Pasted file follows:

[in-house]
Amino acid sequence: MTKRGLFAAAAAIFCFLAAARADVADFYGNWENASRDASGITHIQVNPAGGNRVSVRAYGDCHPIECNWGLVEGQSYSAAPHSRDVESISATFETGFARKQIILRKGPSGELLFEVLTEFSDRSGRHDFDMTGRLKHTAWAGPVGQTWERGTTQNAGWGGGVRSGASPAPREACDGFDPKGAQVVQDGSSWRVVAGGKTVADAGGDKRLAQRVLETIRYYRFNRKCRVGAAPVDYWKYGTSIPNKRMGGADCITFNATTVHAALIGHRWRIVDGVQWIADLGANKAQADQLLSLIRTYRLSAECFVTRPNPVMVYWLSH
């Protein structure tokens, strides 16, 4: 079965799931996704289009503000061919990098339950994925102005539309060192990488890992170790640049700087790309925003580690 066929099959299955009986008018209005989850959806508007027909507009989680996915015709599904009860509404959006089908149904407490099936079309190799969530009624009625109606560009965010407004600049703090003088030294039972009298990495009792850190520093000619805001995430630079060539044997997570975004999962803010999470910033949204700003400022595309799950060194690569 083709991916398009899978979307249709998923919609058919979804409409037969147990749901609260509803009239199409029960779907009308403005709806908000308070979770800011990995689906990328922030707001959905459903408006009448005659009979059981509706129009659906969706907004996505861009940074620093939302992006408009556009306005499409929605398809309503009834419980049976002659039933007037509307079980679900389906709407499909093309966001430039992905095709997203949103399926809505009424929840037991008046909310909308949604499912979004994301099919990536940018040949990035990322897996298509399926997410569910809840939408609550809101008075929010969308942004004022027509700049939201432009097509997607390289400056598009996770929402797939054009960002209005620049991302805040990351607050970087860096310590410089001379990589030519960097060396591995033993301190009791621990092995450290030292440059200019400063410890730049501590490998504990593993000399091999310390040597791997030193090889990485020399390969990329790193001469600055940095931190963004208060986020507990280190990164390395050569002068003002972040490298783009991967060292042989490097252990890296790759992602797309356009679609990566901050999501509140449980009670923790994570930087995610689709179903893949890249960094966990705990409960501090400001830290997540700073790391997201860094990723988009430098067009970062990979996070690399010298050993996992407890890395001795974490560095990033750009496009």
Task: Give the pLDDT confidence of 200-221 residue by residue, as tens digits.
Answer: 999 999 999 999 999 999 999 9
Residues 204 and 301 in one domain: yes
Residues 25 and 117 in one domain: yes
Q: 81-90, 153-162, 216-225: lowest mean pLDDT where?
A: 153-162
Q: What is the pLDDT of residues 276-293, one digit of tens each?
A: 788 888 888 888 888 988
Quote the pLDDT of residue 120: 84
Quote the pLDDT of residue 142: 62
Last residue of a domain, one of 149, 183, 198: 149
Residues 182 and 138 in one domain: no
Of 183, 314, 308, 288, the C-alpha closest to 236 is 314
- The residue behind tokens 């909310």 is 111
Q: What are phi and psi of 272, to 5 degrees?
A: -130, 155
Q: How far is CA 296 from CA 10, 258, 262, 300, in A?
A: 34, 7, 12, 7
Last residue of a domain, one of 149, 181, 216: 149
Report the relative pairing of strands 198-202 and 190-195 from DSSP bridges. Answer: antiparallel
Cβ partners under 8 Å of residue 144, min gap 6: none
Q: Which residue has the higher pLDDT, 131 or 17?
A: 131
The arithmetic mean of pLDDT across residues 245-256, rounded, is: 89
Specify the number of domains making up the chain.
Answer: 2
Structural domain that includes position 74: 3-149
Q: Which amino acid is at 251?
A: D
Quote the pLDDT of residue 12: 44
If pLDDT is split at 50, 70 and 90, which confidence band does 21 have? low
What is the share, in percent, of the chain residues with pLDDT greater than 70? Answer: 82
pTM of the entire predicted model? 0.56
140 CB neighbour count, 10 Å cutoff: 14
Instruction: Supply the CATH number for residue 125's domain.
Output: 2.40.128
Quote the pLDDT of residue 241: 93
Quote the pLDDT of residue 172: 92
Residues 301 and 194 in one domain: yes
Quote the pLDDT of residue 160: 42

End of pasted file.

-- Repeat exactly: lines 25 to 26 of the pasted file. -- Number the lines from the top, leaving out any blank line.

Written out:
Q: Which residue has the higher pLDDT, 131 or 17?
A: 131